The Serbian champions advanced to the group stage of European club football’s premier competition on the away-goals rule when they came back from two goals down to draw 2-2 at Red Bull Salzburg last month.
That achievement was tarnished, though, by their fans’ poor behaviour and the dismissal from the bench of assistant coach Milan Kosanovic.
Having found Red Star’s fans guilty of invading the pitch, setting off fireworks, damaging Salzburg’s stadium and throwing objects, the UEFA disciplinary body has effectively banned the club’s supporters from the next two European games. This means they will not be able to visit PSG on October 3 and Liverpool on October 24.
The club has also been fined €30,000 and been ordered to pay for the damage caused at Salzburg within 30 days. Kosanovic has also been banned for the PSG game.
Salzburg, however, have also been fined €23,000 for their fans’ pitch invasions during the game and blocking stairways.
It’s the question that haunts Fantasy Premier League managers this season and with several Wildcard chips being played over the international break, it has only become more relevant.
The outlook of your team can be completely different depending on which Liverpool attacker you decide to go with. The current 3.1m gulf in value can transform your team one way or the other. Going with both however, is highly unprecedented and not entirely efficient as you would sacrifice on premium assets from other teams.
On the one hand we have Salah who in just his first season, established himself as FPL royalty and is already a Hall of Famer. On the other is Mane, who spent last season in his team-mate’s shadow but is threatening to steal his crown this term.
WHY CHOOSE MANE
The Senegalese international has scored four goals already and is playing in a similar role to Salah on the opposite flank. He started at a value 4m cheaper than Salah at 9m but has since risen to 9.9m because of his good form.
Even now, the 3.1m saved from opting for him over the Egyptian can enable you to afford another premium midfielder as well like Eden Hazard (10.7m). Choosing Salah would mean surrendering that luxury and settling for a mid-range midfielder instead in the region of 7m.
In terms of value, Mane is currently twice as good as Salah. According to the FPL’s Value index (form vs price), he boasts a ratings of 1.0 to Salah’s 0.5.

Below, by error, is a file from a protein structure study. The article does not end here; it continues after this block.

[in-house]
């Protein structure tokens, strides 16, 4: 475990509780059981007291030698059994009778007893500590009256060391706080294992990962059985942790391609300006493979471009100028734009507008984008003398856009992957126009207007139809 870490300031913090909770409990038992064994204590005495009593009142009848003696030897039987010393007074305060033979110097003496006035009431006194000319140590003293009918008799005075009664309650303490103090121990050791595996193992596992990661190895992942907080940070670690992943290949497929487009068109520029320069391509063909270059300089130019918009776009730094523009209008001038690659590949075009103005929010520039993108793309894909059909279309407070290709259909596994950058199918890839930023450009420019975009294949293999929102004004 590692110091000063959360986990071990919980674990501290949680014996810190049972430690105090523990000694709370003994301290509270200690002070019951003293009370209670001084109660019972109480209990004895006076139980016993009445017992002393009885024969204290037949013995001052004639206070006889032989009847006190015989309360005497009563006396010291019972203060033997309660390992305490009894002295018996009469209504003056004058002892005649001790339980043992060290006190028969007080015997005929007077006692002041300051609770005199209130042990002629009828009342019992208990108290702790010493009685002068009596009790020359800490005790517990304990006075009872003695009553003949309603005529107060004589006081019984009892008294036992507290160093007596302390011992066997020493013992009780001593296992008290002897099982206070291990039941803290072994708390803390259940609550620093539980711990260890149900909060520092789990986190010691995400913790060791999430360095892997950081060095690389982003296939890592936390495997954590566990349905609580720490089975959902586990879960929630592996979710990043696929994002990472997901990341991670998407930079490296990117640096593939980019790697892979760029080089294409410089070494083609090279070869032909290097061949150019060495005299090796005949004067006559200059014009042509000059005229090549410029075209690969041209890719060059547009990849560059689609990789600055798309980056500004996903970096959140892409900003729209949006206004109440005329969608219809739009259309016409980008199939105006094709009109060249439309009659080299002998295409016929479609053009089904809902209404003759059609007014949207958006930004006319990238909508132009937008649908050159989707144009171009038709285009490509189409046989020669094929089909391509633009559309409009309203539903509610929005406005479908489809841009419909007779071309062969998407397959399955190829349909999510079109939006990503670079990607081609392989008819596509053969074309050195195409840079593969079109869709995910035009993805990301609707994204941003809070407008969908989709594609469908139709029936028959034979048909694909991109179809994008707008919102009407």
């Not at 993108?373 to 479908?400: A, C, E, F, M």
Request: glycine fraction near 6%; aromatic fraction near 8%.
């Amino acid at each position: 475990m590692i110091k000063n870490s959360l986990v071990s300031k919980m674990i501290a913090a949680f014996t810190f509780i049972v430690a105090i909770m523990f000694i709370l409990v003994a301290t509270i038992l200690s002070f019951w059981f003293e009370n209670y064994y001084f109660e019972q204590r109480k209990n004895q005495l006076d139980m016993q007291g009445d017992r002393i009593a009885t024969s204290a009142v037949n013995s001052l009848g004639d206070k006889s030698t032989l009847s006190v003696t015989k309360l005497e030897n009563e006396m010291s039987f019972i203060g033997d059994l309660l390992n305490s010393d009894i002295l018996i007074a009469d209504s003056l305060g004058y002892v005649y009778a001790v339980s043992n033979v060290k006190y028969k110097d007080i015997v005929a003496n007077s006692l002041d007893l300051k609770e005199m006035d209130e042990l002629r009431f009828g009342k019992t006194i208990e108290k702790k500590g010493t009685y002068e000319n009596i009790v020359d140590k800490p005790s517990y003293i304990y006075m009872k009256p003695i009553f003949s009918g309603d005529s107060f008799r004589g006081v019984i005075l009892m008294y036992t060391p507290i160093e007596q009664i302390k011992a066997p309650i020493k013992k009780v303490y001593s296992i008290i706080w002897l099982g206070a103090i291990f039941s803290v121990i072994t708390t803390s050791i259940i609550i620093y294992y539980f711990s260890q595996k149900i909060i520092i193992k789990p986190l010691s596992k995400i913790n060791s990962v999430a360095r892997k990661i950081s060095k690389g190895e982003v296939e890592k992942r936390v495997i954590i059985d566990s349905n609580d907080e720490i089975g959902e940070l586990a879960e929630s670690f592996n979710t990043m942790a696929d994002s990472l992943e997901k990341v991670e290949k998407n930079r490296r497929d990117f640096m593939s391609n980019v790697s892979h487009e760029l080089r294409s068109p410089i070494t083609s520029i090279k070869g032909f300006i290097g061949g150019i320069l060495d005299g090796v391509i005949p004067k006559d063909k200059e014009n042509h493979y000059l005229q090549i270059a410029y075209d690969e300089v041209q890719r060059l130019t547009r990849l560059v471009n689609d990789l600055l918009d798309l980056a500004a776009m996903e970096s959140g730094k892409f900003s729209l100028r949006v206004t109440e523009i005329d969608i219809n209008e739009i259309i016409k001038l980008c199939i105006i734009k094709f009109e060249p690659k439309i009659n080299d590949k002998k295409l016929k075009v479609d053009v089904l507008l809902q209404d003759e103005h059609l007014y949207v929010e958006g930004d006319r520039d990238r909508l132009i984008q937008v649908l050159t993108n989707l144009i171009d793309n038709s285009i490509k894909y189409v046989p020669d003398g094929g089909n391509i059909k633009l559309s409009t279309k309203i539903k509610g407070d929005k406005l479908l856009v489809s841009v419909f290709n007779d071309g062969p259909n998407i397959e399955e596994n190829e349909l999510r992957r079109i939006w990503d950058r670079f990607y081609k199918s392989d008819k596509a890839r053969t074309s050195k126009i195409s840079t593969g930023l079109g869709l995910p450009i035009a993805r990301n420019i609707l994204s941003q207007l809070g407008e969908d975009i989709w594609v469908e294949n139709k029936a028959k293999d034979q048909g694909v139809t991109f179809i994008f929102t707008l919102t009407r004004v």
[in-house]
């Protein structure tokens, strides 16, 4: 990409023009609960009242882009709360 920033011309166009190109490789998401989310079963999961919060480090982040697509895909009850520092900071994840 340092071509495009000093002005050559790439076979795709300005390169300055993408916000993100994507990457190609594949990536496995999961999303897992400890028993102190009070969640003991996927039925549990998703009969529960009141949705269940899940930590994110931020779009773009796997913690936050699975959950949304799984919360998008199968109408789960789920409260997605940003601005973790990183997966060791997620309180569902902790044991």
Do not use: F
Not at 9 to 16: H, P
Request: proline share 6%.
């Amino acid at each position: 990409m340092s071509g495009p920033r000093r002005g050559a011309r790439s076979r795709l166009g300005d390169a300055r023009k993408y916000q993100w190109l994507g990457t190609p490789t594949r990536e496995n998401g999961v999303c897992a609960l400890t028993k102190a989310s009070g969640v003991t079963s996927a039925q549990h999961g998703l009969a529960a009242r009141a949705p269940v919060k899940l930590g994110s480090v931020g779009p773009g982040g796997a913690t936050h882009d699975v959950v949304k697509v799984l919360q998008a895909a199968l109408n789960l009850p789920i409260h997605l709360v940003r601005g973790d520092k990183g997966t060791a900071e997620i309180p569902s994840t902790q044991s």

WHY CHOOSE SALAH
For starters, he delivered 303 points last season, an all-time high, and deserves more than four gameweeks of your loyalty. He hasn’t done badly either, he just hasn’t hit the heights of last season yet.
However, his underlying stats are identical to what they were last term, suggesting that he’s currently underachieving while Mane is clearly overachieving. Sooner or later, it will start to tell in the points column.
An under-performing Salah has still managed two goals and two assists so far. Not too shabby at all. He also doubles Mane in terms of key passes per game (3.3 to 1.5) and shots per game (4.8 to 2.5).
What is more likely? Mane continues to put away every chance and maintain the kind of run in form he has never achieved before or Salah starts to be a little more efficient and surpass him?
Last season’s Player the Year has more shots at goal and is attempting more assists that his team-mate. At the end of the day, it may just come down to Salah taking his chances. The Egyptian has missed four big chances so far this season, Mane has missed none.
Red Star Belgrade have pledged to protect Xherdan Shaqiri from “unwanted situations” when the Liverpool winger arrives for their Champions League group match in November.
However, general director Zvezdan Terzic believes the Switzerland international, born in the former Yugoslavia to Kosovan-Albanian parents, will be under “unbelievable psychological pressure” because of his background.
Shaqiri courted controversy during the World Cup when he celebrated a last-minute winner against Serbia with an ‘Albanian Eagle’ gesture.
He and Swiss team-mates Granit Xhaka and Stephan Lichtsteiner were all fined for unsporting behaviour for making the gesture, which symbolises the Albanian flag.
“Personally, I can’t imagine that an Albanian will play for Red Star,” Terzic told Belgrade newspaper Kurir.
“I think that Shaqiri will be under unbelievable psychological pressure because he will know where he is coming; he knows that the Red Star is a symbol of Serbia and playing the Marakana, I don’t know whether he will play.
“Of course, as a soccer club, we treat our rivals equally, and we do not have to deal with the past and the history.
“Red Star must do everything to make Shaqiri feel that he came to play football and it is our duty to protect him in the case of unwanted situations. Let’s be good hosts.”
Shaqiri was born in the former Yugoslav city of Gjilan, now part of Kosovo, where a Serbian crackdown on the Albanian population ended with Nato military intervention in 1999.
Kosovo, with a mainly Albanian population, declared independence in 2008 but Serbia refuses to recognise it as a state and it has led to tense relations between the two countries.